Campbell Produces Another Sub-53, While Seto Takes Out Horton In 4Free

2019 Sydney Open Meet

Doing what she does best, Cate Campbell threw down another impressive 100m freestyle performance on her home soil, taking her first gold of the inaugural Sydney Open Meet.

Not only is the 3-day competition new to the NSW calendar, but it incorporates the UniSport Australia Swimming Nationals. UniSport Australia is the peak governing body for university sport in Australia, representing the interests of 43 universities and over 1 million students nationally. As such, there are university student-athletes intermingled with the elite Australian Dolphins, making for a thrilling mix of amateur and pro athletes.

C1 established herself as the woman to beat with a powerful 53.92 AM swim only to drop almost a full second en route to topping the women’s 100m free podium in a menacing 52.96. Splitting 25.00/27.96, C1 threw down the only sub-53 mark of the evening, with Emma McKeon is hot pursuit with a solid swim of her own in 53.64. Marion’s Madi Wilson keeps proving her freestyle progression is no fluke, clocking 53.99 for bronze.

Campbell already sits as the #1 swimmer in the world with her big-time 52.35 mark she put up at South Aussie states last month. She remains just 1 of 4 women worldwide who have ventured under the 53 second threshold in this event this season. Both McKeon and Wilson have been slightly faster this season as well, but with the Aussie World Trials still a month away, the women have got to be happy with this kind of speed at this point.

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Of her performance, C1 said, “I know I’m never going to be the fastest  starter in the field but we are working on getting it as best we can…so I will be interested to see the video of the start.

“But the time was certainly very encouraging at this stage of the preparation for next months Trials and before we head to Thredbo for our annual training camp – where we will do nothing but train, eat and sleep.”

The men’s 100m free saw an upset of sorts whereby Aussie national Cameron McEvoy, who trains at TSS Aquatics under Chris Nesbit, but is representing his Griffith Uni here, took bronze, clocking 49.48 for hs efforts. Even with Japanese National Record holder Katsumi Nakamura in the mix, it was his teammate Katsuhiro Matsumoto who came out on top.

Entering this meet with a 100m free personal best of 48.99 that rendered him 15th in this event at last year’s Pan Pacific Championships in Tokyo, Matsumoto dropped that down to 48.83 to surge to the lead and earn a new lifetime best. Splitting 23.70/25.13, Matsumoto beat out Nakamura’s still-solid 48.92. Nakamura is currently ranked 9th in the world with his season-best of 48.12 from this past January.

As with the Aussies, Japan has an additional World Championships-qualifying meet, but theirs is represented by the Japan Open Swim slated for the last weekend in May. Matsumoto has already qualified for Gwangju in the 200m free.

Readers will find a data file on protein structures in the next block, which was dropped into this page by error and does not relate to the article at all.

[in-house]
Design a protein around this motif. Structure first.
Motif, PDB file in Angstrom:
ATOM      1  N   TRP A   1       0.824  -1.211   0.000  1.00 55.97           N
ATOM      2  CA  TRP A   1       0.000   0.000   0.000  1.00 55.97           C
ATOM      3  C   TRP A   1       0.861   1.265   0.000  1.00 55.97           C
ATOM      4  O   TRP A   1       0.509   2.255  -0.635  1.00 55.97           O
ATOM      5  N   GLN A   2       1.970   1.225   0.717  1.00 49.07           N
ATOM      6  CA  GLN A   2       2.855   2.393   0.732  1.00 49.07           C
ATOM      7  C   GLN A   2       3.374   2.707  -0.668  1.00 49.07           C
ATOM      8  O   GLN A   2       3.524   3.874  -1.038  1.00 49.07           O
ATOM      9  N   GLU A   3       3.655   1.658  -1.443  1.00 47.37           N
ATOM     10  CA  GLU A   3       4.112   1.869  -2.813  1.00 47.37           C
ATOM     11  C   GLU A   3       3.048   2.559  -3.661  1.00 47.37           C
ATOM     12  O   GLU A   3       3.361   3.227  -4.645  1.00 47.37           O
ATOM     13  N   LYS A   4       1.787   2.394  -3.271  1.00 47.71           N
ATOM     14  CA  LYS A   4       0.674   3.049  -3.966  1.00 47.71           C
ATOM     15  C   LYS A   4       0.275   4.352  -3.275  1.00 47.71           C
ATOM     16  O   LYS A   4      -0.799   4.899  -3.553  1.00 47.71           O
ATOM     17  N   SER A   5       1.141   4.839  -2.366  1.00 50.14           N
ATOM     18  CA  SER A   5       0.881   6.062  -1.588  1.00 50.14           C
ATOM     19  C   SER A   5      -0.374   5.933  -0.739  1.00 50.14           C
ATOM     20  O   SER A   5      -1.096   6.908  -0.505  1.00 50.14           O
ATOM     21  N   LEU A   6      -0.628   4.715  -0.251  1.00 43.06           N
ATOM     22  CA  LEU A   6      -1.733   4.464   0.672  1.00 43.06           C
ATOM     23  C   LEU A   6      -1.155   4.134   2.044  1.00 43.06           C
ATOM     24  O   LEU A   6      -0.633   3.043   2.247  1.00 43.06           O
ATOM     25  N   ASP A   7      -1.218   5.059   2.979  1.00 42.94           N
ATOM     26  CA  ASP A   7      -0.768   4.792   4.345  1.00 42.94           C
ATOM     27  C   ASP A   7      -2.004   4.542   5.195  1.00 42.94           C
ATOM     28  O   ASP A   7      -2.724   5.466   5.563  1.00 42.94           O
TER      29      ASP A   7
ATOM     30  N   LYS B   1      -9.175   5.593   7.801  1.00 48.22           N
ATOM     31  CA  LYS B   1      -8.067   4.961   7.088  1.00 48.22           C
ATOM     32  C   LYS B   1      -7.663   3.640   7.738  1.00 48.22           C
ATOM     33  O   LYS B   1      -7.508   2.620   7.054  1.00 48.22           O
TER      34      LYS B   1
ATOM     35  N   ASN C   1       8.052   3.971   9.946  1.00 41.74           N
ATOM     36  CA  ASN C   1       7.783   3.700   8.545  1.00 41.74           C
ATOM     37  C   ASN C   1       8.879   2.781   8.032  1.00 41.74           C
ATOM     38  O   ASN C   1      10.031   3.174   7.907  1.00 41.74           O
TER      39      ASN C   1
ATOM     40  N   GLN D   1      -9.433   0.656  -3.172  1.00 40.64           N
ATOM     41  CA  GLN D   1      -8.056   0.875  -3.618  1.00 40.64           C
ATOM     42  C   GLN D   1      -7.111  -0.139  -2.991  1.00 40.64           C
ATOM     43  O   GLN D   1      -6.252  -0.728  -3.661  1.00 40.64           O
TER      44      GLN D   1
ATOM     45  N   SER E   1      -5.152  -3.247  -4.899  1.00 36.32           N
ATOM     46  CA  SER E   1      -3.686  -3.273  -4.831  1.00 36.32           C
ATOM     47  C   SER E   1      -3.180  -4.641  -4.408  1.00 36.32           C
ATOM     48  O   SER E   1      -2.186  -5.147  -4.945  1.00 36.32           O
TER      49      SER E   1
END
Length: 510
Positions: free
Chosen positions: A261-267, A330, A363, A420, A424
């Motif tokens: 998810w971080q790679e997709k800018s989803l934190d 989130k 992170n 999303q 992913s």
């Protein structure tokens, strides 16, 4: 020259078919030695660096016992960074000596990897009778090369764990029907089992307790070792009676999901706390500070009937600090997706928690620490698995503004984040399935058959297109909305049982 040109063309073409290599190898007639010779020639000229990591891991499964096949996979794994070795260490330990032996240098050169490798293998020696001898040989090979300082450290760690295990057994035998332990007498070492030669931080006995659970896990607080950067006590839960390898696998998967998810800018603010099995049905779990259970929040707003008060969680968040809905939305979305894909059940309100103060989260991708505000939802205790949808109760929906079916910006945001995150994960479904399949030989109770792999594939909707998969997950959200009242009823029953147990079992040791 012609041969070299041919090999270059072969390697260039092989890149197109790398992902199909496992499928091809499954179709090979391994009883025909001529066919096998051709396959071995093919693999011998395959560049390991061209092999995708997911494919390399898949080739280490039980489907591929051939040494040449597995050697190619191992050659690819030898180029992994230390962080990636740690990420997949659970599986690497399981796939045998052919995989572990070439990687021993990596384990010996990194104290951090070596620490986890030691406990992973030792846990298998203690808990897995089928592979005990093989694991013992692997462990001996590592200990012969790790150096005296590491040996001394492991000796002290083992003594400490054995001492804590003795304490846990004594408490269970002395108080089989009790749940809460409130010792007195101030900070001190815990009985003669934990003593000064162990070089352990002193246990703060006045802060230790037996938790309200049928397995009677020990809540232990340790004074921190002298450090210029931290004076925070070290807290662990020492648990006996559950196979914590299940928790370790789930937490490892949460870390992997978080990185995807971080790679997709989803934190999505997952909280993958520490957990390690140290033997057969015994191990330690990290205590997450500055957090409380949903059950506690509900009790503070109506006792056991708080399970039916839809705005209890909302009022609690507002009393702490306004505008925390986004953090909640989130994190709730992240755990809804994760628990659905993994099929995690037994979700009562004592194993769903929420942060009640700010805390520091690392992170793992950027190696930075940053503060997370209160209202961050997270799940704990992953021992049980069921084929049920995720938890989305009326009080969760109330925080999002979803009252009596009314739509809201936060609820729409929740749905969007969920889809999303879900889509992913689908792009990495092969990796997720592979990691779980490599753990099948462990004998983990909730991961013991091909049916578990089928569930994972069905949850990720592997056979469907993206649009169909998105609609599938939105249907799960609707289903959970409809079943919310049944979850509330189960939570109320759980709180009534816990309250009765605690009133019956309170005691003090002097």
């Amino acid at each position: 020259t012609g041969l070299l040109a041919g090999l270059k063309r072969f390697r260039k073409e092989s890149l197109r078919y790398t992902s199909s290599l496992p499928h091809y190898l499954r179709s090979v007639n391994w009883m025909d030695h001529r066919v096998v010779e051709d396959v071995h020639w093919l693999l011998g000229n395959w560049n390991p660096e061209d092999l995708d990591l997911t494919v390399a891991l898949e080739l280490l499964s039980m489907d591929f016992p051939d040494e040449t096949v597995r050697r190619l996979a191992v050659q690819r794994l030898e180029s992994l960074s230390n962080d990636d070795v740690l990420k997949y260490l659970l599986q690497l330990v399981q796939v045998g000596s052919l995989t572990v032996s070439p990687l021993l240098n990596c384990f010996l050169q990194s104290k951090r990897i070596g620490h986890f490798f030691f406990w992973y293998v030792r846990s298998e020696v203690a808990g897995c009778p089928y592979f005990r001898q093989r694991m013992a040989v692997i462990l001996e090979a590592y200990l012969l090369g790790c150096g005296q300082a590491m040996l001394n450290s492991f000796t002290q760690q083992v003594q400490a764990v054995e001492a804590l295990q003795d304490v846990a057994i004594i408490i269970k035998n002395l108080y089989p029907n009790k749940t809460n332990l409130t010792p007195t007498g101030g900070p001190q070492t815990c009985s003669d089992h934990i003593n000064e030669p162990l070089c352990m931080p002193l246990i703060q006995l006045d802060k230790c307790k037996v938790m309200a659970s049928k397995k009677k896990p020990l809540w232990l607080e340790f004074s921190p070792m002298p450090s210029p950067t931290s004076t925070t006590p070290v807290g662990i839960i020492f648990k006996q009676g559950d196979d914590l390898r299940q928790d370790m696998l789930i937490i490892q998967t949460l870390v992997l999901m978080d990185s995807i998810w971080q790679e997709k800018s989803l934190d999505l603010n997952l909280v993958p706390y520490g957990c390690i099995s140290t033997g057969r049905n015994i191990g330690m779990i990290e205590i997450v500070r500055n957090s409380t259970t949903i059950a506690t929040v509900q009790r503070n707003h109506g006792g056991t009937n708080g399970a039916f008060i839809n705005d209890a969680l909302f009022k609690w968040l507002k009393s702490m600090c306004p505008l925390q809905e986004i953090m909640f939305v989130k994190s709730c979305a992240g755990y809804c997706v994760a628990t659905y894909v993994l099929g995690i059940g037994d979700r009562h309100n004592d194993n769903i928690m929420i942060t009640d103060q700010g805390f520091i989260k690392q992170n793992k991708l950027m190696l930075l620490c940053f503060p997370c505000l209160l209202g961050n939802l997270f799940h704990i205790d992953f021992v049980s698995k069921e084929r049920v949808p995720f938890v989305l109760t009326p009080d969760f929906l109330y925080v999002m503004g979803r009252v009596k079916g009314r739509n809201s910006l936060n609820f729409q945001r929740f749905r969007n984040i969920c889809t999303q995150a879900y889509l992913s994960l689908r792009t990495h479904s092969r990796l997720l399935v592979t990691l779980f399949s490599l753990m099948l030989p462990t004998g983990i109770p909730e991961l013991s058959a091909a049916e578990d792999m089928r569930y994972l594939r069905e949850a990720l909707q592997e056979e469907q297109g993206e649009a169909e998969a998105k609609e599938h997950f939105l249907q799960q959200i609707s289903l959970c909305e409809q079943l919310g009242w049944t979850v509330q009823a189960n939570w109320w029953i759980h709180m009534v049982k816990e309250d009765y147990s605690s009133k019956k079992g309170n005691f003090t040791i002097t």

Of note, former national record holder Shinri Shioura raced to a time of 49.52 in this morning’s prelims but wound up scratching the final.

17-year-old Youth Olympic Games medalist Kaylee McKeown saw her star shine brightly tonight as the Uni Sunshine Coast athlete crushed the 4th fastest 200m backstroke time in the world.

McKeown was already sub-2:10 this season, marked by the 2:09.47 she logged at last December’s Queensland Championships. That situated the teen as 10t hin the world  in the event, even after most nations’ World Championships Trials have concluded.

However, the younger sister of OLympic finalist Taylor McKeown put up the 3rd fastest time of her career with a monster 2:07.10 to lead the women’s 200m back field tonight by over 4 seconds. The next closest competitor was Minna Atherton, who touched in 2:11.54, followed by visiting Japanese swimmer Natsumi Sakai, who punched a time of 2:12.29.

For perspective, McKeown took 4th in this 200m back event at last year’s Pan Pacs in a time of 2:07.01, so she was just .09 off of that mark tonight. Her lifetime best remains at the 2:06.76 she produced in Budapest for 4th plast at the 2017 World Championships.

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2.03.35 *WR
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As for her time, McKeown said post-race she was ‘super surprised.’

“The Canadians and US girls have been putting up some smart times so why not let the Australian girls do the same thing….hopefully come Trials I will get down there again,” said McKeown, who has only had a day’s rest after a heavy block of training.

“I’m pretty happy with that performance and hopefully in a month’s time I can do that again; my coach Chris Mooney didn’t talk about times just to concentrate on my technique but I only did two kicks off the walls so there is still room for improvements.”

Bond University’s Maddie Gough crushed a new personal best en route to victory in the women’s 800m free. Surging to the lead after the first 100m, Gough raced on her own to the final wall, clocking 8:26.89. That overtakes her previous personal best effort of 8:27.28 that rendered her 7th after heats of the event at last year’s Pan Pacific Championships.

With that outing Gough now ranks 8th in the world, frog-hopping Spanish Olympian Mireia Belmonte in the process.

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Another PB was seen by the likes of Japanese mega-weapon Daiya Seto, who skipped his pet 200m fly event to contest an off race of the 400m free instead. Having rarely swum this mid-distance free race, the 24-year-old powered his way to an impressive new personal best, beating out Aussie stars Jack McLoughlin and Mack Horton in the process.

Stopping the clock in 3:48.19, Seto’s time marks his first adventure ever under the 3:50-threshold and gives us a good indication that he’s ready to put up some additional knockout performances at this month’s Japan Open.